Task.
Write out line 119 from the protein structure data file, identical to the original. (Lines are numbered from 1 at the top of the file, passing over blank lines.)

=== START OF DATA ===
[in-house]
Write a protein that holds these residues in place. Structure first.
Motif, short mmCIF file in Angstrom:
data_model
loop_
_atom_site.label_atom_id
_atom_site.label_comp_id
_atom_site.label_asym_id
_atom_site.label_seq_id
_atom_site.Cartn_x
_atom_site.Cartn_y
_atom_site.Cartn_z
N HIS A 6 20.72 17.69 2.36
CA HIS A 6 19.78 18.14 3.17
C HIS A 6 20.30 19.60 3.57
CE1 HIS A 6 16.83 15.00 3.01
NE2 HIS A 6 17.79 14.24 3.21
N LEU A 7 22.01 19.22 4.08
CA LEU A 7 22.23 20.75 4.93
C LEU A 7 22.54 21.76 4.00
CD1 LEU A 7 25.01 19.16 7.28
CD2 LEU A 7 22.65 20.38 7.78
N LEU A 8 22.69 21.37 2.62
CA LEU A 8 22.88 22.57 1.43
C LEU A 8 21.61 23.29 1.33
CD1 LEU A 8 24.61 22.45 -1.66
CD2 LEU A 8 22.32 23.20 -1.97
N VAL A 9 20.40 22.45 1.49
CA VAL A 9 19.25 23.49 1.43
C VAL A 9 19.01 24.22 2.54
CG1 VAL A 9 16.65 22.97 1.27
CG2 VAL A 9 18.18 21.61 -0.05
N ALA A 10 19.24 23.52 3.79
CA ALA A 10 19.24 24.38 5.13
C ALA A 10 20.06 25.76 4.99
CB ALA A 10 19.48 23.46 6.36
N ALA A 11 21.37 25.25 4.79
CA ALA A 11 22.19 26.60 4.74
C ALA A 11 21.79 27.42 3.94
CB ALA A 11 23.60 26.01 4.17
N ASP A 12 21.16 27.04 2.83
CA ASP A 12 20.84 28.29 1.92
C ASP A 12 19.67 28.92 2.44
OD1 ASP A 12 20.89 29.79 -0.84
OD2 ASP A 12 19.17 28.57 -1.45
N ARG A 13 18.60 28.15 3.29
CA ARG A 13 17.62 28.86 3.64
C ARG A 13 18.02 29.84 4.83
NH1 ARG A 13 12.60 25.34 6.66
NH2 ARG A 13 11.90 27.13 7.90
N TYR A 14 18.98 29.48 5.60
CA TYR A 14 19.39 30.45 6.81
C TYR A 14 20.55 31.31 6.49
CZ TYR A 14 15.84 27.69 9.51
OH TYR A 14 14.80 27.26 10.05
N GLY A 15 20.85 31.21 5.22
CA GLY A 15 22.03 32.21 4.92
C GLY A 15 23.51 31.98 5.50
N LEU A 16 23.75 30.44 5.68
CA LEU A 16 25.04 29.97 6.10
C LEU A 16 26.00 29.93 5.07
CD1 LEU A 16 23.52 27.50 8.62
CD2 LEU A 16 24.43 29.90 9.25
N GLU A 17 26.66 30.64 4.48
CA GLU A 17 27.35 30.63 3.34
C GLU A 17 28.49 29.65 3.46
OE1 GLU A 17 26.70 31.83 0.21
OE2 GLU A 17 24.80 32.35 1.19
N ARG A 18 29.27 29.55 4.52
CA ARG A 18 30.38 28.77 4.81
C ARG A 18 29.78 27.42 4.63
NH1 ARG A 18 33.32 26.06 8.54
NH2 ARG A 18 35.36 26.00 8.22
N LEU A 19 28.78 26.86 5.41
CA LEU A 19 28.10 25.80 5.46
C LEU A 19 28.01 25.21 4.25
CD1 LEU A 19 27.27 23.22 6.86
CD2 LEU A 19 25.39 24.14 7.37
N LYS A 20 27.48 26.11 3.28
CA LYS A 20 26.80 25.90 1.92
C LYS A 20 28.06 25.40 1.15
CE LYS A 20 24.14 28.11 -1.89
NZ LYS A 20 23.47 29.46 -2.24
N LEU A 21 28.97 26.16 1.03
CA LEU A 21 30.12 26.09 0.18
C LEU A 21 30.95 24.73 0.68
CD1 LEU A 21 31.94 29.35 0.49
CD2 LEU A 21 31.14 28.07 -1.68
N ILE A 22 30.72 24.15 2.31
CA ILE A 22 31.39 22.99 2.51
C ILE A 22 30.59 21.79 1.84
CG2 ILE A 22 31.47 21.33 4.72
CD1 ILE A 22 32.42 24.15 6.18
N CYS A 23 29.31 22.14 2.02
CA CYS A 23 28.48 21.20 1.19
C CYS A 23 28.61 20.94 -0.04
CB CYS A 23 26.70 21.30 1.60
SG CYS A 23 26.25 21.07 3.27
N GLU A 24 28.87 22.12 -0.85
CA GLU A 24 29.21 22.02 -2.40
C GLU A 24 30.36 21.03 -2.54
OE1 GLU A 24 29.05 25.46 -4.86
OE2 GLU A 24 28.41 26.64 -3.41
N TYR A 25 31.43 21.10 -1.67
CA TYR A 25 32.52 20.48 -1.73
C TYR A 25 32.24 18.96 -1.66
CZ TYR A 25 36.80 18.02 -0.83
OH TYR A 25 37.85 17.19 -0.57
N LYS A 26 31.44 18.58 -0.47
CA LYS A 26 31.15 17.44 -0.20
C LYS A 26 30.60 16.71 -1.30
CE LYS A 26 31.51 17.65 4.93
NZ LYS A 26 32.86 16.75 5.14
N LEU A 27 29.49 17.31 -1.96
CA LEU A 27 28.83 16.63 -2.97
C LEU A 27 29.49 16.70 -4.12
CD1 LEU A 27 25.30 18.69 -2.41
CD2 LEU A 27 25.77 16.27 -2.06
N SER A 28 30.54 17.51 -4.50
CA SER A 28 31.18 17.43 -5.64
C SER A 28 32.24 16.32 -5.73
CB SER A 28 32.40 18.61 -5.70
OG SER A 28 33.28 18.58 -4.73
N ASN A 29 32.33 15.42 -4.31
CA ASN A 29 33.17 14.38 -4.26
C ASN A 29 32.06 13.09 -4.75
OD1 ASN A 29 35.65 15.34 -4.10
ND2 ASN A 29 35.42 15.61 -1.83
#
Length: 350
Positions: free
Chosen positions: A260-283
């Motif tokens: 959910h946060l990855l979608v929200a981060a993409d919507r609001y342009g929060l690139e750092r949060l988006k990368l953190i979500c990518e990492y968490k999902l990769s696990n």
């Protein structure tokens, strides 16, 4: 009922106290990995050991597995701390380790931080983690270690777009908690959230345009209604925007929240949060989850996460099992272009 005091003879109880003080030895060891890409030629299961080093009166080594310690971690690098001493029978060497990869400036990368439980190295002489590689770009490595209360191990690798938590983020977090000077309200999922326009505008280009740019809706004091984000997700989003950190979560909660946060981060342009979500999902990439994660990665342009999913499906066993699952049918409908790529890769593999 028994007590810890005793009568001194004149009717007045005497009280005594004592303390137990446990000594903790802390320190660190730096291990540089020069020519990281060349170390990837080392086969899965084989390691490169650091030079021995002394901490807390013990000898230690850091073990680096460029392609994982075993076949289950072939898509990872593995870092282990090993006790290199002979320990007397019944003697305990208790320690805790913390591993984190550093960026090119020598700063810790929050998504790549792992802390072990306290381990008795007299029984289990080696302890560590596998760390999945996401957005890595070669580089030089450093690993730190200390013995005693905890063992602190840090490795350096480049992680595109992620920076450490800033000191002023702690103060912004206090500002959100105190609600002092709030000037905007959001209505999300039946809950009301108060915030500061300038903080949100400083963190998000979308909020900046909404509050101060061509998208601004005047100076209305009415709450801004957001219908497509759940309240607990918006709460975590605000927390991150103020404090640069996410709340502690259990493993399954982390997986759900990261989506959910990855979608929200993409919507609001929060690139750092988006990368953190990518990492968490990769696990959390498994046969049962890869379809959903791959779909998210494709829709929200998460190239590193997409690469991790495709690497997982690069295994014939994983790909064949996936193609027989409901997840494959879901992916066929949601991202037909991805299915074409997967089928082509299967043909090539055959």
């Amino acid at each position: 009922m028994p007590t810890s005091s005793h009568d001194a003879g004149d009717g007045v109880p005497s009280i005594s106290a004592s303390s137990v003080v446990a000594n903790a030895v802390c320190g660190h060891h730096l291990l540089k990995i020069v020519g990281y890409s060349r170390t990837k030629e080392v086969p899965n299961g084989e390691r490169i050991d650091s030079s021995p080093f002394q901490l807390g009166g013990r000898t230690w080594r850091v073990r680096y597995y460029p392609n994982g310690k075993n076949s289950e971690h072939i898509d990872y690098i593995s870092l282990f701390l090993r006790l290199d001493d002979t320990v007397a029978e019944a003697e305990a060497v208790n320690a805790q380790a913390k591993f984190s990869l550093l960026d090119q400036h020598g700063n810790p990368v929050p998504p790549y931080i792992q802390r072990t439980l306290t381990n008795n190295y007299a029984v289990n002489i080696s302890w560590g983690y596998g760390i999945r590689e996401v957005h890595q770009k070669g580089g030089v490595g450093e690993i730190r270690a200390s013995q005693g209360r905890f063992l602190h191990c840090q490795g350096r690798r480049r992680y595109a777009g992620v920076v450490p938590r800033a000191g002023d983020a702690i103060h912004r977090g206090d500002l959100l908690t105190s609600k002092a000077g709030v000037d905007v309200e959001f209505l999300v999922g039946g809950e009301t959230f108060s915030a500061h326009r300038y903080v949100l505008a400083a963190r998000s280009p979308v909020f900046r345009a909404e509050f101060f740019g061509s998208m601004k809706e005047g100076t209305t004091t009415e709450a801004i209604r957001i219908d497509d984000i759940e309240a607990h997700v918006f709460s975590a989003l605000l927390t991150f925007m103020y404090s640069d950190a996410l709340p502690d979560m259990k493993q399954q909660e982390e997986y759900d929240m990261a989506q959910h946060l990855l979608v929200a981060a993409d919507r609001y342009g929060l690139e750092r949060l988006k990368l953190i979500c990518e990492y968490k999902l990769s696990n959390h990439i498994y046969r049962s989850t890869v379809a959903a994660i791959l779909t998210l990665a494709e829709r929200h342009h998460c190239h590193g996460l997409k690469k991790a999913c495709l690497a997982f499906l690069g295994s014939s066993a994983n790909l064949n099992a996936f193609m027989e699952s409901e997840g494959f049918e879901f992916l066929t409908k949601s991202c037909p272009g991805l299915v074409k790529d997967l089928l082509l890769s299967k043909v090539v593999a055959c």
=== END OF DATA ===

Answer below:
N SER A 28 30.54 17.51 -4.50